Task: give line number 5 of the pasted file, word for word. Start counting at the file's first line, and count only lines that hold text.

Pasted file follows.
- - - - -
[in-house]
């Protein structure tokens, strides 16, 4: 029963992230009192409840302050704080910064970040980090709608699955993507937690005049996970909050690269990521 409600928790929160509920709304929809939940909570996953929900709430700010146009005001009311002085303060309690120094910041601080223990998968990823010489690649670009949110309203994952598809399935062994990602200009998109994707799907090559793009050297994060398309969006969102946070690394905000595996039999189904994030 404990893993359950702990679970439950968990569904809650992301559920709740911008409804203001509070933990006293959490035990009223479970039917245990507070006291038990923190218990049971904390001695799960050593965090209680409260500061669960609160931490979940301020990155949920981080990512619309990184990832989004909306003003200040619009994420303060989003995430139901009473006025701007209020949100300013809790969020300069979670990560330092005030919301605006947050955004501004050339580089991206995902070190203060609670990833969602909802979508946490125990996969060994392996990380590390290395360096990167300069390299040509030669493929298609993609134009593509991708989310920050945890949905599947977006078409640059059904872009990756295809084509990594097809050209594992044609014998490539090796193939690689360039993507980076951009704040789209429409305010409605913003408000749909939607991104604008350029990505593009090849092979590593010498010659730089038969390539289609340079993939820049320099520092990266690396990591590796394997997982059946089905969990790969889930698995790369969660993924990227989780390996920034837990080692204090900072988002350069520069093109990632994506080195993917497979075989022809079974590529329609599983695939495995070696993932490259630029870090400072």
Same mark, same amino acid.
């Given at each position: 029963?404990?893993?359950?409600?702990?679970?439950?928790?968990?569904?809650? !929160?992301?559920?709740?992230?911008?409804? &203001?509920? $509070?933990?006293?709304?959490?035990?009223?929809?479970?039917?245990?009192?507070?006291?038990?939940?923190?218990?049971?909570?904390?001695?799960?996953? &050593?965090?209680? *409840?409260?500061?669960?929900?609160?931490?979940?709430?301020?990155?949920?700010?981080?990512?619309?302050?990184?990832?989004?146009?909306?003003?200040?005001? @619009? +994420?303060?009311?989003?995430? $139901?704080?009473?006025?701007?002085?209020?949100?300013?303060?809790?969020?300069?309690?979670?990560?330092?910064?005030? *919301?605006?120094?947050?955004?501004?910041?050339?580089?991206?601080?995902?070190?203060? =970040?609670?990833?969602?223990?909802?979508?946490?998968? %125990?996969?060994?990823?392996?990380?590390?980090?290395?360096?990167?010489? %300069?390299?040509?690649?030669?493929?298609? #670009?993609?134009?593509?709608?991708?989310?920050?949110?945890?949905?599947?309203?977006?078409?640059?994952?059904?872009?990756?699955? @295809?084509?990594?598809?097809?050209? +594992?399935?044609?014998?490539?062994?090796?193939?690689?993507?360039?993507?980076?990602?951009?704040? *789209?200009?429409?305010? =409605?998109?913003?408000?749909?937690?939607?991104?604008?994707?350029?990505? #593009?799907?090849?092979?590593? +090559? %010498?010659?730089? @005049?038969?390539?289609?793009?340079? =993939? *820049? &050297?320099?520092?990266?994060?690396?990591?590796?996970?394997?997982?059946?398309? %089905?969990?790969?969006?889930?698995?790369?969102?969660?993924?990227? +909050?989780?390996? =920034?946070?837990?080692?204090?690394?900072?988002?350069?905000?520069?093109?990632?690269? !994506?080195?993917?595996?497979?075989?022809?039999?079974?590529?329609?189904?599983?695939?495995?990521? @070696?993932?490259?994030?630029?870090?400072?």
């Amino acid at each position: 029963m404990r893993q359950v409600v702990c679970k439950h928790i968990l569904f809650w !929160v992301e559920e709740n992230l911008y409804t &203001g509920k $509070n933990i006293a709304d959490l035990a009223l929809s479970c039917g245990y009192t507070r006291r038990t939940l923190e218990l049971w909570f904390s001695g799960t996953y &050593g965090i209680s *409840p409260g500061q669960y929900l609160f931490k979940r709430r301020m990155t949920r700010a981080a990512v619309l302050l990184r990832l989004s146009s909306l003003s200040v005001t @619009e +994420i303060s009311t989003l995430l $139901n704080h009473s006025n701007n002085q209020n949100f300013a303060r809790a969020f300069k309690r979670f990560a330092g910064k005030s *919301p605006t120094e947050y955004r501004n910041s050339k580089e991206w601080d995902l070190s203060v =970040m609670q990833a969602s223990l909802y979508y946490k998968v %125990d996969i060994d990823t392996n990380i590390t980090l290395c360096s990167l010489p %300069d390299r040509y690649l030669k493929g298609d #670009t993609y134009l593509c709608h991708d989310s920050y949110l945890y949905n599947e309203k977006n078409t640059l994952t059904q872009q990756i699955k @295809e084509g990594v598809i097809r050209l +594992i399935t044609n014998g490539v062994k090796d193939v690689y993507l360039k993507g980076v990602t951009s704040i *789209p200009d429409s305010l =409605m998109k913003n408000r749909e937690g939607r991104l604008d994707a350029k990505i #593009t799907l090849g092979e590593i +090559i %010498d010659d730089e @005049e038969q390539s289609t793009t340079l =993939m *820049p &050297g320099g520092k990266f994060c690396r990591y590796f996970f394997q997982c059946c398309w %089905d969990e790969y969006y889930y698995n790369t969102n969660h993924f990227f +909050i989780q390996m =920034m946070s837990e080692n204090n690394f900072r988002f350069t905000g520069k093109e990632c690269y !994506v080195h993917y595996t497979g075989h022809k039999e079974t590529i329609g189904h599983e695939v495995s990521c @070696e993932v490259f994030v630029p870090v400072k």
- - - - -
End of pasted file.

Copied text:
């Amino acid at each position: 029963m404990r893993q359950v409600v702990c679970k439950h928790i968990l569904f809650w !929160v992301e559920e709740n992230l911008y409804t &203001g509920k $509070n933990i006293a709304d959490l035990a009223l929809s479970c039917g245990y009192t507070r006291r038990t939940l923190e218990l049971w909570f904390s001695g799960t996953y &050593g965090i209680s *409840p409260g500061q669960y929900l609160f931490k979940r709430r301020m990155t949920r700010a981080a990512v619309l302050l990184r990832l989004s146009s909306l003003s200040v005001t @619009e +994420i303060s009311t989003l995430l $139901n704080h009473s006025n701007n002085q209020n949100f300013a303060r809790a969020f300069k309690r979670f990560a330092g910064k005030s *919301p605006t120094e947050y955004r501004n910041s050339k580089e991206w601080d995902l070190s203060v =970040m609670q990833a969602s223990l909802y979508y946490k998968v %125990d996969i060994d990823t392996n990380i590390t980090l290395c360096s990167l010489p %300069d390299r040509y690649l030669k493929g298609d #670009t993609y134009l593509c709608h991708d989310s920050y949110l945890y949905n599947e309203k977006n078409t640059l994952t059904q872009q990756i699955k @295809e084509g990594v598809i097809r050209l +594992i399935t044609n014998g490539v062994k090796d193939v690689y993507l360039k993507g980076v990602t951009s704040i *789209p200009d429409s305010l =409605m998109k913003n408000r749909e937690g939607r991104l604008d994707a350029k990505i #593009t799907l090849g092979e590593i +090559i %010498d010659d730089e @005049e038969q390539s289609t793009t340079l =993939m *820049p &050297g320099g520092k990266f994060c690396r990591y590796f996970f394997q997982c059946c398309w %089905d969990e790969y969006y889930y698995n790369t969102n969660h993924f990227f +909050i989780q390996m =920034m946070s837990e080692n204090n690394f900072r988002f350069t905000g520069k093109e990632c690269y !994506v080195h993917y595996t497979g075989h022809k039999e079974t590529i329609g189904h599983e695939v495995s990521c @070696e993932v490259f994030v630029p870090v400072k």